Owners of domestic septic tanks were required to register them. Directions could be given in relation to standards. The legislation remains the responsibility of the local authorities and department
Under the 2012 act the owner of any premises connected to a domestic wastewater treatment must apply to the water services authority to have the system register. It must include prescribed information.
The 2012 act introduced a system of inspection of domestic wastewater systems. Where following an inspection the inspector is of the opinion that the domestic wastewater system constitute a risk to human health or the environment and in particular creates a risk to water soil plants and animal, creates a nuisance noxious odours or adversely affects the countryside, the inspector shall notify the owner concerned.
The advisory notice shall set out the opinion state the reasons and direct the owner of the premises to remedy the matters specified. Person aggrieved may apply to the water services authority to have the system inspected by an authorised person appointed. That person may confirm or cancel the advisory notice. There is a further right of appeal to the District Court where a person is aggrieved by an advisory notice requirement.
The person must undertake remedial works and confirm that they have been done for. Breach of the obligation is an offence.
There is a registry of domestic wastewater treatment systems. There are duties on owners of premises connected to domestic wastewater systems to apply for registration and ensure that the system does not pose a risk to human health or the environment. EPA inspectors may enter premises monitor discharges and take samples. The water services authority must periodically review each entry on the register.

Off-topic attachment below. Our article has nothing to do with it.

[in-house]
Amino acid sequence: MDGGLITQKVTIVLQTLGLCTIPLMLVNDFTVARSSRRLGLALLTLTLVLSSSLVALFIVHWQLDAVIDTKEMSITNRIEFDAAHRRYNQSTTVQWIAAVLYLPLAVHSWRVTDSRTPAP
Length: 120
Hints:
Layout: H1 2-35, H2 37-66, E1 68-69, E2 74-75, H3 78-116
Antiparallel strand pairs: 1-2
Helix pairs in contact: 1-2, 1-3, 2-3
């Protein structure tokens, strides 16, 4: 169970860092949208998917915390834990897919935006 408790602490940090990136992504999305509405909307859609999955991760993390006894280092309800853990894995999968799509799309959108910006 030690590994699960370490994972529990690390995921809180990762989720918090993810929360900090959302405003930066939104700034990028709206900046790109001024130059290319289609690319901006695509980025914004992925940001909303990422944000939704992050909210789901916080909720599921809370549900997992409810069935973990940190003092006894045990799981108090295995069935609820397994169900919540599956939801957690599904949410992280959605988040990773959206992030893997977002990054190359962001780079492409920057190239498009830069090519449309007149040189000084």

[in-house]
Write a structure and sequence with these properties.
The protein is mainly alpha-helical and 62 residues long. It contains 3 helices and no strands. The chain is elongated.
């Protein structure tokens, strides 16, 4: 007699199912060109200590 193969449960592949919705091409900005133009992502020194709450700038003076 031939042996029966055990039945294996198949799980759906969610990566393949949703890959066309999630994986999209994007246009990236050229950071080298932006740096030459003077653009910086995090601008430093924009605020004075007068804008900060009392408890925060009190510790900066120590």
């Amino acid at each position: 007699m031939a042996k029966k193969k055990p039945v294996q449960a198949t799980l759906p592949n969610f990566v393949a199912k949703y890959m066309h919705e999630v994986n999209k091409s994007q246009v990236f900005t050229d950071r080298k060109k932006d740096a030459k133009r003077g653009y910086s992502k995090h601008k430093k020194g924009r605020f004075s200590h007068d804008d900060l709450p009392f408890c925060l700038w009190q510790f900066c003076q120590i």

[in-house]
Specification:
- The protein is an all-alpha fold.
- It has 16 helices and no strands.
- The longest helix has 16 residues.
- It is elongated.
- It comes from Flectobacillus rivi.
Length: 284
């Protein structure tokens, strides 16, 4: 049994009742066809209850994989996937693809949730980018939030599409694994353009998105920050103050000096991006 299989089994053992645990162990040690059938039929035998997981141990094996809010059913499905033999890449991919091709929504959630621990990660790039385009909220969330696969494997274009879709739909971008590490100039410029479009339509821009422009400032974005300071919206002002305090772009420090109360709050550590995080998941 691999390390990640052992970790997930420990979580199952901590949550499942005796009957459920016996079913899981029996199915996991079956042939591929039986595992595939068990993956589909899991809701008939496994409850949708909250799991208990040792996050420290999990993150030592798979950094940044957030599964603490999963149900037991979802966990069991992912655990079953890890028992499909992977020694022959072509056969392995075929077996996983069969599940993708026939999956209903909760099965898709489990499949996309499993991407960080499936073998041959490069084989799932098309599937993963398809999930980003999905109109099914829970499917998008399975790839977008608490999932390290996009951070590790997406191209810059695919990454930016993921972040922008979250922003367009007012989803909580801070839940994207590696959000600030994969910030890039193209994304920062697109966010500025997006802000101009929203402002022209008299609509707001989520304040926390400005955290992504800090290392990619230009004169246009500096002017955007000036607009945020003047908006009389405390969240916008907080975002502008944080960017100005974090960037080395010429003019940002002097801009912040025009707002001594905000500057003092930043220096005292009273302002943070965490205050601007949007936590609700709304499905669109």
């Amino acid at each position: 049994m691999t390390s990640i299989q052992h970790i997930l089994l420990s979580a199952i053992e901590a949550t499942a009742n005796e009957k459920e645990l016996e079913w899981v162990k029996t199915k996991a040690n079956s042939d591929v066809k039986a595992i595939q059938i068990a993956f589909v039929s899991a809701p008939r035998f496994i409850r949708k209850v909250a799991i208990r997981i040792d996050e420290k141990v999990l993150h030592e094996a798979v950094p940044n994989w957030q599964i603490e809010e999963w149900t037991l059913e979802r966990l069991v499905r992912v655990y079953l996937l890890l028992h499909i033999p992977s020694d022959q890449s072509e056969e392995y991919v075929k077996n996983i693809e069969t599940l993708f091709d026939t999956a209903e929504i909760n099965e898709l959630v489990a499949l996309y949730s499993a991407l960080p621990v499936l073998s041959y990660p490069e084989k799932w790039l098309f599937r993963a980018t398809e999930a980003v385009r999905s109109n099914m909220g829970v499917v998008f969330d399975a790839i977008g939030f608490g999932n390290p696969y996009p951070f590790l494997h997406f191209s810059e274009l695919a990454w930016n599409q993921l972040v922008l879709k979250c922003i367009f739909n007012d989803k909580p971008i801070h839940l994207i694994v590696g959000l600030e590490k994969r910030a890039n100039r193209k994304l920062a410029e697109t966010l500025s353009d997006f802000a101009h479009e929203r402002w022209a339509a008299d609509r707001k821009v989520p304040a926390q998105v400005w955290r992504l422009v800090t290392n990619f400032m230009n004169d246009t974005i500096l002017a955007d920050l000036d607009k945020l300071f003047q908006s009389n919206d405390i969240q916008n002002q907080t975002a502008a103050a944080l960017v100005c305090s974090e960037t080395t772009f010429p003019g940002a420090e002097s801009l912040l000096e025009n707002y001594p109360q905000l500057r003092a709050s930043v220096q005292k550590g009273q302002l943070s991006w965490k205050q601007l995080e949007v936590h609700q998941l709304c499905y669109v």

The EPA provides assistance to water services authorities in the performance of their functions. This is Irish Water in most contexts. If there is a failure, it must issue a direction to the authority concerned. The authority is obliged to keep records in relation to inspection of treatment systems, advisory notices issued, notices of compliance and court action. These are copied to the EPA.
The EPA must make a national inspection plan in relation to monitoring domestic wastewater systems which should have regard to the risk to human health and environment, relevant information on types and location of treatment systems quality of and quantitative criteria targets and indicators for inspections and other matters as may be prescribed. This must be reviewed periodically.
Duties of Owners
The domestic wastewater treatment systems registration regulations prescribe the actions to be taken by owners of domestic wastewater treatment to ensure compliance with their obligations. They must operate and maintain it so that domestic wastewater or sewage effluent shall not emit, discharge, seep, leak or otherwise escape from the system, or part thereof: other than from a place or part of the system where the system is designed or intended to discharge domestic waste water or sewage effluent, or into surface waters except where licensed under the Water Pollution Act or onto the surface of the ground